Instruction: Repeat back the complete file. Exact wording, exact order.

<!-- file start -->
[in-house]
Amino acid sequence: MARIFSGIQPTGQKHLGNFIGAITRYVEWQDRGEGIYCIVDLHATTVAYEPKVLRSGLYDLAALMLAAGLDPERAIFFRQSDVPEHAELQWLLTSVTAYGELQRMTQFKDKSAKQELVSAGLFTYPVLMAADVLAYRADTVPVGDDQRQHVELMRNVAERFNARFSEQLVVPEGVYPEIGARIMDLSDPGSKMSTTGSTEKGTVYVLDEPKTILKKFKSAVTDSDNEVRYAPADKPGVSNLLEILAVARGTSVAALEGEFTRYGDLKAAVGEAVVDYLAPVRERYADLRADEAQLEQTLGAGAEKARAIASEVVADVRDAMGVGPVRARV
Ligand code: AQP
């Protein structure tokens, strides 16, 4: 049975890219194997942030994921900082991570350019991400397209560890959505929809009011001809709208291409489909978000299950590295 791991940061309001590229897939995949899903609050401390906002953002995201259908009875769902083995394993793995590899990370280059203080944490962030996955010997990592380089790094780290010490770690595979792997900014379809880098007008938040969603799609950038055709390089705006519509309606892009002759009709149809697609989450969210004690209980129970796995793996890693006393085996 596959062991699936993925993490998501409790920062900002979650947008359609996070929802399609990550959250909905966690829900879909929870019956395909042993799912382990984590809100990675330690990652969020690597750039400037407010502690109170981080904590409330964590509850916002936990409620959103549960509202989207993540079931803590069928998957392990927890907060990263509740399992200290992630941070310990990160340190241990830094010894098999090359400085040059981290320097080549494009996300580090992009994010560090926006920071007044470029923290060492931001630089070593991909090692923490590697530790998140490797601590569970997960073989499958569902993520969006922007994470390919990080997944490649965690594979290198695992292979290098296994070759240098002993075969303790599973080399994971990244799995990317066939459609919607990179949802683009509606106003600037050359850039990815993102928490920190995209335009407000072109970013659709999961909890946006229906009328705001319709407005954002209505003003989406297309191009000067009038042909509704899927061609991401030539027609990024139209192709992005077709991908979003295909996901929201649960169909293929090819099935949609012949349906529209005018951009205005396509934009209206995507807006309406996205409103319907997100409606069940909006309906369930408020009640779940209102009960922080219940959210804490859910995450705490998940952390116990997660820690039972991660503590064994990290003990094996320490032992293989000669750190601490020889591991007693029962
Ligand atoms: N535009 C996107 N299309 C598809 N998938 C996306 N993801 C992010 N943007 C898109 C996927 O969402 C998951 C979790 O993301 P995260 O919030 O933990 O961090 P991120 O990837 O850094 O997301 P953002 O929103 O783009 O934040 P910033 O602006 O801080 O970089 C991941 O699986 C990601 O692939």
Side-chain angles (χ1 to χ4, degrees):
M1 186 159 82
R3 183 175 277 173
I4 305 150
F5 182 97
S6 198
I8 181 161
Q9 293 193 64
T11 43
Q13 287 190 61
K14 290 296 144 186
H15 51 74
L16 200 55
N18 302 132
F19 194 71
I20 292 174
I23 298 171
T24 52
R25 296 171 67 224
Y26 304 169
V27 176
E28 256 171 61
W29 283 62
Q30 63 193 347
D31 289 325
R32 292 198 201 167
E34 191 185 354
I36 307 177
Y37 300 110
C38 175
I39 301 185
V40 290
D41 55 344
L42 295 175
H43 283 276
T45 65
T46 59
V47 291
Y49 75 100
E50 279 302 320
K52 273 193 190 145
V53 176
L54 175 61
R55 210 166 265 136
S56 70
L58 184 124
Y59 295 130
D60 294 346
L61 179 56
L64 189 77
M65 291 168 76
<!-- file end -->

[in-house]
Amino acid sequence: MARIFSGIQPTGQKHLGNFIGAITRYVEWQDRGEGIYCIVDLHATTVAYEPKVLRSGLYDLAALMLAAGLDPERAIFFRQSDVPEHAELQWLLTSVTAYGELQRMTQFKDKSAKQELVSAGLFTYPVLMAADVLAYRADTVPVGDDQRQHVELMRNVAERFNARFSEQLVVPEGVYPEIGARIMDLSDPGSKMSTTGSTEKGTVYVLDEPKTILKKFKSAVTDSDNEVRYAPADKPGVSNLLEILAVARGTSVAALEGEFTRYGDLKAAVGEAVVDYLAPVRERYADLRADEAQLEQTLGAGAEKARAIASEVVADVRDAMGVGPVRARV
Ligand code: AQP
């Protein structure tokens, strides 16, 4: 049975890219194997942030994921900082991570350019991400397209560890959505929809009011001809709208291409489909978000299950590295 791991940061309001590229897939995949899903609050401390906002953002995201259908009875769902083995394993793995590899990370280059203080944490962030996955010997990592380089790094780290010490770690595979792997900014379809880098007008938040969603799609950038055709390089705006519509309606892009002759009709149809697609989450969210004690209980129970796995793996890693006393085996 596959062991699936993925993490998501409790920062900002979650947008359609996070929802399609990550959250909905966690829900879909929870019956395909042993799912382990984590809100990675330690990652969020690597750039400037407010502690109170981080904590409330964590509850916002936990409620959103549960509202989207993540079931803590069928998957392990927890907060990263509740399992200290992630941070310990990160340190241990830094010894098999090359400085040059981290320097080549494009996300580090992009994010560090926006920071007044470029923290060492931001630089070593991909090692923490590697530790998140490797601590569970997960073989499958569902993520969006922007994470390919990080997944490649965690594979290198695992292979290098296994070759240098002993075969303790599973080399994971990244799995990317066939459609919607990179949802683009509606106003600037050359850039990815993102928490920190995209335009407000072109970013659709999961909890946006229906009328705001319709407005954002209505003003989406297309191009000067009038042909509704899927061609991401030539027609990024139209192709992005077709991908979003295909996901929201649960169909293929090819099935949609012949349906529209005018951009205005396509934009209206995507807006309406996205409103319907997100409606069940909006309906369930408020009640779940209102009960922080219940959210804490859910995450705490998940952390116990997660820690039972991660503590064994990290003990094996320490032992293989000669750190601490020889591991007693029962
Ligand atoms: N535009 C996107 N299309 C598809 N998938 C996306 N993801 C992010 N943007 C898109 C996927 O969402 C998951 C979790 O993301 P995260 O919030 O933990 O961090 P991120 O990837 O850094 O997301 P953002 O929103 O783009 O934040 P910033 O602006 O801080 O970089 C991941 O699986 C990601 O692939």
Side-chain angles (χ1 to χ4, degrees):
M1 186 159 82
R3 183 175 277 173
I4 305 150
F5 182 97
S6 198
I8 181 161
Q9 293 193 64
T11 43
Q13 287 190 61
K14 290 296 144 186
H15 51 74
L16 200 55
N18 302 132
F19 194 71
I20 292 174
I23 298 171
T24 52
R25 296 171 67 224
Y26 304 169
V27 176
E28 256 171 61
W29 283 62
Q30 63 193 347
D31 289 325
R32 292 198 201 167
E34 191 185 354
I36 307 177
Y37 300 110
C38 175
I39 301 185
V40 290
D41 55 344
L42 295 175
H43 283 276
T45 65
T46 59
V47 291
Y49 75 100
E50 279 302 320
K52 273 193 190 145
V53 176
L54 175 61
R55 210 166 265 136
S56 70
L58 184 124
Y59 295 130
D60 294 346
L61 179 56
L64 189 77
M65 291 168 76